At the end of July the ALA Office for Information Technology Policy (OITP) and the ALA Office for Intellectual Freedom (OIF) teamed up to host a conversation on Revisiting the Children’s Internet Protection Act: 10 Years Later. This symposium, funded by Google, brought together thirty five experts from within and outside of the library community to discuss the long-term impact of implementing CIPA. The associated Twitter conversation that can be viewed with the hashtag: #CIPA_ALA2013.
• The efficacy/success rates for most filters (shown repeatedly in study after study) is 80% and less than 50% for image/video filters.
• Both filters in public libraries and school libraries block far beyond what CIPA requires (i.e. certain topics such as GLBTQ is one example of a frequent “overblock”)
• Getting around filters can be extraordinarily easy for patrons (misspelling words for example).
• CIPA doesn’t require filtering of social media, yet sites such as YouTube, FaceBook, and Google docs are often blocked.
So, how CIPA is contributing towards a digitally literate society? First, look at what exactly CIPA is…
According to Deborah Caldwell-Stone, Deputy Director of the ALA Office for Intellectual Freedom (OIF), CIPA is legislation by Congress designed to protect children from content on the Internet. Schools and public libraries receiving e-rate funds or LSTA grants for the Internet are required to comply with this act. For more information on CIPA, read Caldwell-Stone’s article in American Libraries, Filtering and the First Amendment.
CIPA can interfere with libraries having a viable place in the lives of teens in the following ways:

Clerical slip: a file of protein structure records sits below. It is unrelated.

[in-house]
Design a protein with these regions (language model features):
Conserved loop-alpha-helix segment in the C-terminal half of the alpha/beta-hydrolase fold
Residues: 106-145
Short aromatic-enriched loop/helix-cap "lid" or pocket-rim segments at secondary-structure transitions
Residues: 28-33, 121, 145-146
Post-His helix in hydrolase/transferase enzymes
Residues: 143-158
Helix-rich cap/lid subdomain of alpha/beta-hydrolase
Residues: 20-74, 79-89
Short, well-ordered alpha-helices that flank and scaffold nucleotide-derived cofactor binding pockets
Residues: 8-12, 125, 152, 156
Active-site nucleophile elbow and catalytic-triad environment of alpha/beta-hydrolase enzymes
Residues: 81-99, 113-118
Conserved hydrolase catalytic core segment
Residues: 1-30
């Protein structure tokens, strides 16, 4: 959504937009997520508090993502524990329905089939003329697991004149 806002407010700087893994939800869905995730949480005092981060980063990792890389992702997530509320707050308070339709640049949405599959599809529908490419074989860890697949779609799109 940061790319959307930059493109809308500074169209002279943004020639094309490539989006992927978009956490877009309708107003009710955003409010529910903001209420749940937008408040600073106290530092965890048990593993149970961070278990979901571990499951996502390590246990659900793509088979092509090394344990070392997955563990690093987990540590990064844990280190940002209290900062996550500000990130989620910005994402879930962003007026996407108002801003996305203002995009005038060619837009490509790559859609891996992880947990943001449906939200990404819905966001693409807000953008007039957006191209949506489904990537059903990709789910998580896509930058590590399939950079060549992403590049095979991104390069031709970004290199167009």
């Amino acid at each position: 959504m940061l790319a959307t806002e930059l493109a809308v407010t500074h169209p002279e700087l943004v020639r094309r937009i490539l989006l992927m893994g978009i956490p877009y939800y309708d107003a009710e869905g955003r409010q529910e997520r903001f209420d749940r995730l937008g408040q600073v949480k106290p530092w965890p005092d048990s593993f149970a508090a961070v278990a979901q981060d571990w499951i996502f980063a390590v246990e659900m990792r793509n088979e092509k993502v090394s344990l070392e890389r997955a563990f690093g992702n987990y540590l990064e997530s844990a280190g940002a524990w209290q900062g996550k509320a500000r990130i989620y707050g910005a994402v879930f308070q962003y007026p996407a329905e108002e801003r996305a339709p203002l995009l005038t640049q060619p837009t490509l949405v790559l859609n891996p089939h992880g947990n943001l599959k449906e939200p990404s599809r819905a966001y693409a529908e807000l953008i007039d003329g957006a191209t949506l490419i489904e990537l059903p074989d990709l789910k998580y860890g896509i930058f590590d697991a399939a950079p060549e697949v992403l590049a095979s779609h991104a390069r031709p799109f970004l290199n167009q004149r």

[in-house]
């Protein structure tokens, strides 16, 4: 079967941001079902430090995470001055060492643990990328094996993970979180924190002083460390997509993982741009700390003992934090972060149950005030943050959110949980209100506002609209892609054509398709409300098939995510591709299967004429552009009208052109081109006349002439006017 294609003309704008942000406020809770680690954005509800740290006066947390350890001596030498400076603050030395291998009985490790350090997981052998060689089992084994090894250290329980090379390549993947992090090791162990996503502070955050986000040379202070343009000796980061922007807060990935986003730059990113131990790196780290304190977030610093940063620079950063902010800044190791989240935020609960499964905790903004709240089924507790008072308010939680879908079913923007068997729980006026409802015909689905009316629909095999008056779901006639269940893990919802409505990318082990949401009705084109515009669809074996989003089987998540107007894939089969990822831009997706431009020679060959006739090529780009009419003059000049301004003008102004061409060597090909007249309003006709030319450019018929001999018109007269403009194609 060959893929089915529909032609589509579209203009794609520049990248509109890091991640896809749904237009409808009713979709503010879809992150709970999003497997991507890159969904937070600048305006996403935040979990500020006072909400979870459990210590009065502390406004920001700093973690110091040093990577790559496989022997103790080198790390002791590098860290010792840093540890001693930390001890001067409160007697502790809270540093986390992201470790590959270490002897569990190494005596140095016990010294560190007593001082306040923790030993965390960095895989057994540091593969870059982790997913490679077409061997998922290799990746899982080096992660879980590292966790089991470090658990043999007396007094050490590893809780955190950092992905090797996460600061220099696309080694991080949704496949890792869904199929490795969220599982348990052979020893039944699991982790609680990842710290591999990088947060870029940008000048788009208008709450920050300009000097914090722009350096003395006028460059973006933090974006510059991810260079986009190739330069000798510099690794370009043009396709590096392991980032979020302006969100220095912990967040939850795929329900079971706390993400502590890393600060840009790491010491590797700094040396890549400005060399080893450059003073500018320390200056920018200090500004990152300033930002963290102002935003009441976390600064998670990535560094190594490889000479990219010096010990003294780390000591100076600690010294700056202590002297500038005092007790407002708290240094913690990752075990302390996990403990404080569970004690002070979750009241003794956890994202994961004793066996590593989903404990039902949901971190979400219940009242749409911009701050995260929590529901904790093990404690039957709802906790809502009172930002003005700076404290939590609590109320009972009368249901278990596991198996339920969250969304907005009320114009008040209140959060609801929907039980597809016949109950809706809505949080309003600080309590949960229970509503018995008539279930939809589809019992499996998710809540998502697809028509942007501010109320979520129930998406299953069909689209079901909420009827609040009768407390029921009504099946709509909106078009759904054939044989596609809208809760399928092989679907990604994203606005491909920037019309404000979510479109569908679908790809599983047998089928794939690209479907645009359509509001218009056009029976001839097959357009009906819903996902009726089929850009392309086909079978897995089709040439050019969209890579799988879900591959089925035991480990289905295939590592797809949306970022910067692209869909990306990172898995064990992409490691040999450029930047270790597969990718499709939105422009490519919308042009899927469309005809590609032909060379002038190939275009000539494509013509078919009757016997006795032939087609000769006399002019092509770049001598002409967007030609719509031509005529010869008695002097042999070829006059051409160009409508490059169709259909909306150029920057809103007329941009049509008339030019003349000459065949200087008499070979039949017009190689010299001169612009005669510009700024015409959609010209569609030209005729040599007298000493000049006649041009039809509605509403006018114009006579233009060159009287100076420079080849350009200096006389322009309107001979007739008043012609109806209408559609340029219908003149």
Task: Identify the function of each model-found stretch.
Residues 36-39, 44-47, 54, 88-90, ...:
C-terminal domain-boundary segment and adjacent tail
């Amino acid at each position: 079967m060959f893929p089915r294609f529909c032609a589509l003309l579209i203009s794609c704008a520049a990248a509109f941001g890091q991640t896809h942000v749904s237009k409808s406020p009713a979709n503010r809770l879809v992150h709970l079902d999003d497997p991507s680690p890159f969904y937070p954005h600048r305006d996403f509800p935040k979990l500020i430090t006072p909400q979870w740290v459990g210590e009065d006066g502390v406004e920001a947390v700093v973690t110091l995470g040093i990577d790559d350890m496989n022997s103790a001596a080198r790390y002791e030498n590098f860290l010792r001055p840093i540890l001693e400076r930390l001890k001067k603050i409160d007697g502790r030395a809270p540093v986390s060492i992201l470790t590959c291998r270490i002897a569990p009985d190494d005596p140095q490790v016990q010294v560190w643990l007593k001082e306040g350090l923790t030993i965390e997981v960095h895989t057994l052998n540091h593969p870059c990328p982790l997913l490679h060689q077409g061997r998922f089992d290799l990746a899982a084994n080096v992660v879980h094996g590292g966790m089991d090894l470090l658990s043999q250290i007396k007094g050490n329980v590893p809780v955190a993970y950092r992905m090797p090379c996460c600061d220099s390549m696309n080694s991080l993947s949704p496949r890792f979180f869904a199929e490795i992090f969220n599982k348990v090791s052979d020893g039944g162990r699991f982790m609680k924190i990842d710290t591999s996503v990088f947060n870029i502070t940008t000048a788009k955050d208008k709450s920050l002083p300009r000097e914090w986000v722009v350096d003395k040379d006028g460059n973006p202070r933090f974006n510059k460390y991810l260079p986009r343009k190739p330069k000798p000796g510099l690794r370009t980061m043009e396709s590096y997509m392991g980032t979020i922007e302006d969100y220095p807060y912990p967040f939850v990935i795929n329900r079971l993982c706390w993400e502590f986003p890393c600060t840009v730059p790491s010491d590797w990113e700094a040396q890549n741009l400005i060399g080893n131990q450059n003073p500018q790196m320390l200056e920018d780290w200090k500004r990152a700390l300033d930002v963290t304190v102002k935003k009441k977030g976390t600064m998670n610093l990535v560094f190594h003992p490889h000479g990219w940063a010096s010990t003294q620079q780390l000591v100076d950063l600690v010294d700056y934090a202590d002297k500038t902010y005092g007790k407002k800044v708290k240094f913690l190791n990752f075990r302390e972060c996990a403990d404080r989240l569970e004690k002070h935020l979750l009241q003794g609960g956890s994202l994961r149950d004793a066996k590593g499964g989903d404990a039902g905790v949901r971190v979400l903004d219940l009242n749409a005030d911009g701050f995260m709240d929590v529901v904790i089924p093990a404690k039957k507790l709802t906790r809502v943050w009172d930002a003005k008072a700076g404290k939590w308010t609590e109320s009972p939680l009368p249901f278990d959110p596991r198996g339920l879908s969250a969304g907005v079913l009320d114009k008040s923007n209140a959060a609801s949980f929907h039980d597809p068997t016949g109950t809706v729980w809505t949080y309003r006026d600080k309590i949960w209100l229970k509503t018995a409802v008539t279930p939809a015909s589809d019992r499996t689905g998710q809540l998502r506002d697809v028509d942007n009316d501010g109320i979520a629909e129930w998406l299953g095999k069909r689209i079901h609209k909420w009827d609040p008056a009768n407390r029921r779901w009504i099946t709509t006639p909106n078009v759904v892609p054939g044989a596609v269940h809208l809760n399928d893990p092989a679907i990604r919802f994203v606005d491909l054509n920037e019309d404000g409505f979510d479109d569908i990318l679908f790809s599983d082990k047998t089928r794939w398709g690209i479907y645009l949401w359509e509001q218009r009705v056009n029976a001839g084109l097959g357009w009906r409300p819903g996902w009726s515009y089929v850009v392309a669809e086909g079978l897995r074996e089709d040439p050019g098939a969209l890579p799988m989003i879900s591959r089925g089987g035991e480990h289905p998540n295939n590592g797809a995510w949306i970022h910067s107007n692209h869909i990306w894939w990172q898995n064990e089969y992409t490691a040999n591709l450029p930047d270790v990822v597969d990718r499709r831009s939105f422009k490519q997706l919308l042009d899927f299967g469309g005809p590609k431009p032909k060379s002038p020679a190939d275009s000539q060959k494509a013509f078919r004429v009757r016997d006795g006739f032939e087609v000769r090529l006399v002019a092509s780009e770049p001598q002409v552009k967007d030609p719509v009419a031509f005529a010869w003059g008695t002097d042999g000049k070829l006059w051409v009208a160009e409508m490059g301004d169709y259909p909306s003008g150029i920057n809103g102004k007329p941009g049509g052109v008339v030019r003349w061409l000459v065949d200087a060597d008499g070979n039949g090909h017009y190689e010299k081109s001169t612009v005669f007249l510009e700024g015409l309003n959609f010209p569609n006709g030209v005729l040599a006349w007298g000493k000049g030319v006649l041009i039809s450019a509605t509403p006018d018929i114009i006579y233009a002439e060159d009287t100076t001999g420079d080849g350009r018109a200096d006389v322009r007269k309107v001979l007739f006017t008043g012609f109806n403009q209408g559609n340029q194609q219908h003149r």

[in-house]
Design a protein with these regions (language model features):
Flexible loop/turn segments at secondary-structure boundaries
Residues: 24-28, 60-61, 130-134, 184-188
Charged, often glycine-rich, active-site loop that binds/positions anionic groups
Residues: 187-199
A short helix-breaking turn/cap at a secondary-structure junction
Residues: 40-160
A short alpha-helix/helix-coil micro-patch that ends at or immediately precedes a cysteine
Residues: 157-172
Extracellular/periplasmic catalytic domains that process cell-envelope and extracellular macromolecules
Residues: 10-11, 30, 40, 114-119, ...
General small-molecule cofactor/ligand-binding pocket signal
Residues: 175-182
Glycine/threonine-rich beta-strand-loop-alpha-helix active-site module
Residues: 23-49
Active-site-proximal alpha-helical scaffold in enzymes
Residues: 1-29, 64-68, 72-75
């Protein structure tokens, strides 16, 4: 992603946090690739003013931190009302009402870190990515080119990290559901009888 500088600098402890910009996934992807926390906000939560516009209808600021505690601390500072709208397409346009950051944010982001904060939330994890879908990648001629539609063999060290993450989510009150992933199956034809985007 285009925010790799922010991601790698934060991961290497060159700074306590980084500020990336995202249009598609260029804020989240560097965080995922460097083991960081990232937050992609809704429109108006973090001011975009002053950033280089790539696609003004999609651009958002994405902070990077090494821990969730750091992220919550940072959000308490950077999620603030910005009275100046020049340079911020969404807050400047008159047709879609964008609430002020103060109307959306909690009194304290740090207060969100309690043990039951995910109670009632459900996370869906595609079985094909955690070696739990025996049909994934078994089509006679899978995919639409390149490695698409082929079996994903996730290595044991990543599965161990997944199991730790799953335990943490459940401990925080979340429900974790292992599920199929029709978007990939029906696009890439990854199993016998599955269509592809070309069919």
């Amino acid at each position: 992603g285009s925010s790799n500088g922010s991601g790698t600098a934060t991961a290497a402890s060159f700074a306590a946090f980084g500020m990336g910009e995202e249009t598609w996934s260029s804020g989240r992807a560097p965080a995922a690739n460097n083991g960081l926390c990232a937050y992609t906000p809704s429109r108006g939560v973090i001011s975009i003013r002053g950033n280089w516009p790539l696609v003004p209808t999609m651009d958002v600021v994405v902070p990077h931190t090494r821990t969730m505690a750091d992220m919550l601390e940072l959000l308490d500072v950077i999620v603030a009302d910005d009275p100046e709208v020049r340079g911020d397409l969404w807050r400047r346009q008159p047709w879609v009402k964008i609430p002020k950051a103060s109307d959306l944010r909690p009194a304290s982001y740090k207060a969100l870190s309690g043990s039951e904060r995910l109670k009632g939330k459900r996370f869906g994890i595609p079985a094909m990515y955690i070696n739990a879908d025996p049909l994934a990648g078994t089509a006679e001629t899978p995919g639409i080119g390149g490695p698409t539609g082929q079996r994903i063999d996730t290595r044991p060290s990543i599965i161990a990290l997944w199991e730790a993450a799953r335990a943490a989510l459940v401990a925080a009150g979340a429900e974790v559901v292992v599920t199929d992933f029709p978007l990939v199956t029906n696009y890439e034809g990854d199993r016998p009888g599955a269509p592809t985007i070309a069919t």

• Denying youth the opportunity for developing skills so that they can become the best filters of what they should and shouldn’t be looking at, rather than relying on the judegment of a third-party vendor
• Many libraries embrace creating, not just consuming, as an important skill for higher education and the working world. If many sites for content creation and sharing are blocked, then how does that affect the attainment of those skills?
• The law has remained the same even though the technology has changed. Tablets, smartphones, and other mobile devices weren’t used as regularly in public and school libraries when CIPA was first created. What implications does owning and using your own network-independent technology have with library network filtering? Does this unfairly affect those using library hardware when making decisions on appropriate content?
In the fall, ALA plans to release a white paper summarizing the symposium, the dialogue sparked surrounding these issues, and next steps to move the national conversation surrounding CIPA forward. During this discussion, calls came up for more research in the area as well as more dialogue with the community, including parents and other stakeholders, to help students make good choices.
Here’s three things you can do to continue the CIPA dialogue and help keep how library filtering affects teens at the forefront of the conversation:
• Listen to the symposium and post your thoughts on your blog or library’s Intranet.
• Have a discussion with your library or those in your library who make decisions about purchasing or setting up blocking software, or those who unblock access. Are they aware how filtering can negatively affect patrons? Can anything be adjusted to increase access while remaining in compliance with CIPA?
• Talk to teens and other community members to find out what they know about CIPA. Libraries can provide information on how to get around the filters as well as work with others in helping prepare students and youth to make good choices.
What else? Do you have a story you’d like to share about CIPA that happened at your library? Did you attend the symposium live or have the opportunity to watch the archived versions?